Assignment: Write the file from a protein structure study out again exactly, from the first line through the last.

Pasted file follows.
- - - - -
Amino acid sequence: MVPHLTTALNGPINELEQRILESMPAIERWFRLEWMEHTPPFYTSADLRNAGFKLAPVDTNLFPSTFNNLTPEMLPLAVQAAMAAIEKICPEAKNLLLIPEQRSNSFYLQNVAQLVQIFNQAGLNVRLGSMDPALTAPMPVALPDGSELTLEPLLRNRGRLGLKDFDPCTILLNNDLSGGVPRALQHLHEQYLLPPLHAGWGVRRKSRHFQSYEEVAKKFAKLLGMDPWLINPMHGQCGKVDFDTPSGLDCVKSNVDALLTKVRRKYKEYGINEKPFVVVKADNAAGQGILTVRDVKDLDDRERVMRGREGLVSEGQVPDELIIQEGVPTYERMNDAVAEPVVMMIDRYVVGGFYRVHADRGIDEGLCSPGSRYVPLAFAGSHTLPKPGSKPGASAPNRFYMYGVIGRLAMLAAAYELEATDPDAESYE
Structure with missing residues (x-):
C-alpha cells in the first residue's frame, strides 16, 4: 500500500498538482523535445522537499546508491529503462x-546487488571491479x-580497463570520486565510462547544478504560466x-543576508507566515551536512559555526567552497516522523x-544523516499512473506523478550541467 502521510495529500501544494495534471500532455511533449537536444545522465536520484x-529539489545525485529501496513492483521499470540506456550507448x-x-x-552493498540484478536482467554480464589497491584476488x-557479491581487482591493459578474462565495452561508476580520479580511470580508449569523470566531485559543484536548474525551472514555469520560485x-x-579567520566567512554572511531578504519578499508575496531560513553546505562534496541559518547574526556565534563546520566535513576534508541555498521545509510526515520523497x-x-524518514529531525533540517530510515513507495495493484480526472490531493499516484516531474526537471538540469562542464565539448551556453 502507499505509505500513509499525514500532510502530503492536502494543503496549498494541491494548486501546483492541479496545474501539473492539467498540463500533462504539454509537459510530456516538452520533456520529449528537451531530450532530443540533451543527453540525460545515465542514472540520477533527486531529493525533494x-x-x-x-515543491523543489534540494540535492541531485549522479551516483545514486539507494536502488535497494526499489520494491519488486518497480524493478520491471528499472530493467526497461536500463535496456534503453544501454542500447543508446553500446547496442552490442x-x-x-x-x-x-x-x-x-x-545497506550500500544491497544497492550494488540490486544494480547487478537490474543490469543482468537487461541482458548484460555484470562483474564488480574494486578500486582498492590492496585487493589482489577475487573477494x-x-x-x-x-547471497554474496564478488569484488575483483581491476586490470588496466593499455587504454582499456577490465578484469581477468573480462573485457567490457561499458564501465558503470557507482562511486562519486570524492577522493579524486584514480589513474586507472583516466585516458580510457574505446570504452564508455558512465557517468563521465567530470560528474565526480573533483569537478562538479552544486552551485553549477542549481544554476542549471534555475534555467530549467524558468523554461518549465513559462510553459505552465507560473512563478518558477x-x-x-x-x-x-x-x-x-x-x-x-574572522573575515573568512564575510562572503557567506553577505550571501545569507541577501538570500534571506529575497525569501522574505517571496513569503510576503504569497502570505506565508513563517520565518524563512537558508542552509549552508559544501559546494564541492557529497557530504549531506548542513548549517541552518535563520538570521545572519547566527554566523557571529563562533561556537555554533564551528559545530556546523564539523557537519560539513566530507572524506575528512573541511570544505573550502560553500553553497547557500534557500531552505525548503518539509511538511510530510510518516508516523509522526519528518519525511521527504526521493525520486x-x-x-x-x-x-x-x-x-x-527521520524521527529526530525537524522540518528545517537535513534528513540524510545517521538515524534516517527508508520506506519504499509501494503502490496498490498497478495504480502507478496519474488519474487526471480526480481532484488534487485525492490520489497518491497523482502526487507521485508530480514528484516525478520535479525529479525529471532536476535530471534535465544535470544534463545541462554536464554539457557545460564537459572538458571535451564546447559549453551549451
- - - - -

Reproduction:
Amino acid sequence: MVPHLTTALNGPINELEQRILESMPAIERWFRLEWMEHTPPFYTSADLRNAGFKLAPVDTNLFPSTFNNLTPEMLPLAVQAAMAAIEKICPEAKNLLLIPEQRSNSFYLQNVAQLVQIFNQAGLNVRLGSMDPALTAPMPVALPDGSELTLEPLLRNRGRLGLKDFDPCTILLNNDLSGGVPRALQHLHEQYLLPPLHAGWGVRRKSRHFQSYEEVAKKFAKLLGMDPWLINPMHGQCGKVDFDTPSGLDCVKSNVDALLTKVRRKYKEYGINEKPFVVVKADNAAGQGILTVRDVKDLDDRERVMRGREGLVSEGQVPDELIIQEGVPTYERMNDAVAEPVVMMIDRYVVGGFYRVHADRGIDEGLCSPGSRYVPLAFAGSHTLPKPGSKPGASAPNRFYMYGVIGRLAMLAAAYELEATDPDAESYE
Structure with missing residues (x-):
C-alpha cells in the first residue's frame, strides 16, 4: 500500500498538482523535445522537499546508491529503462x-546487488571491479x-580497463570520486565510462547544478504560466x-543576508507566515551536512559555526567552497516522523x-544523516499512473506523478550541467 502521510495529500501544494495534471500532455511533449537536444545522465536520484x-529539489545525485529501496513492483521499470540506456550507448x-x-x-552493498540484478536482467554480464589497491584476488x-557479491581487482591493459578474462565495452561508476580520479580511470580508449569523470566531485559543484536548474525551472514555469520560485x-x-579567520566567512554572511531578504519578499508575496531560513553546505562534496541559518547574526556565534563546520566535513576534508541555498521545509510526515520523497x-x-524518514529531525533540517530510515513507495495493484480526472490531493499516484516531474526537471538540469562542464565539448551556453 502507499505509505500513509499525514500532510502530503492536502494543503496549498494541491494548486501546483492541479496545474501539473492539467498540463500533462504539454509537459510530456516538452520533456520529449528537451531530450532530443540533451543527453540525460545515465542514472540520477533527486531529493525533494x-x-x-x-515543491523543489534540494540535492541531485549522479551516483545514486539507494536502488535497494526499489520494491519488486518497480524493478520491471528499472530493467526497461536500463535496456534503453544501454542500447543508446553500446547496442552490442x-x-x-x-x-x-x-x-x-x-545497506550500500544491497544497492550494488540490486544494480547487478537490474543490469543482468537487461541482458548484460555484470562483474564488480574494486578500486582498492590492496585487493589482489577475487573477494x-x-x-x-x-547471497554474496564478488569484488575483483581491476586490470588496466593499455587504454582499456577490465578484469581477468573480462573485457567490457561499458564501465558503470557507482562511486562519486570524492577522493579524486584514480589513474586507472583516466585516458580510457574505446570504452564508455558512465557517468563521465567530470560528474565526480573533483569537478562538479552544486552551485553549477542549481544554476542549471534555475534555467530549467524558468523554461518549465513559462510553459505552465507560473512563478518558477x-x-x-x-x-x-x-x-x-x-x-x-574572522573575515573568512564575510562572503557567506553577505550571501545569507541577501538570500534571506529575497525569501522574505517571496513569503510576503504569497502570505506565508513563517520565518524563512537558508542552509549552508559544501559546494564541492557529497557530504549531506548542513548549517541552518535563520538570521545572519547566527554566523557571529563562533561556537555554533564551528559545530556546523564539523557537519560539513566530507572524506575528512573541511570544505573550502560553500553553497547557500534557500531552505525548503518539509511538511510530510510518516508516523509522526519528518519525511521527504526521493525520486x-x-x-x-x-x-x-x-x-x-527521520524521527529526530525537524522540518528545517537535513534528513540524510545517521538515524534516517527508508520506506519504499509501494503502490496498490498497478495504480502507478496519474488519474487526471480526480481532484488534487485525492490520489497518491497523482502526487507521485508530480514528484516525478520535479525529479525529471532536476535530471534535465544535470544534463545541462554536464554539457557545460564537459572538458571535451564546447559549453551549451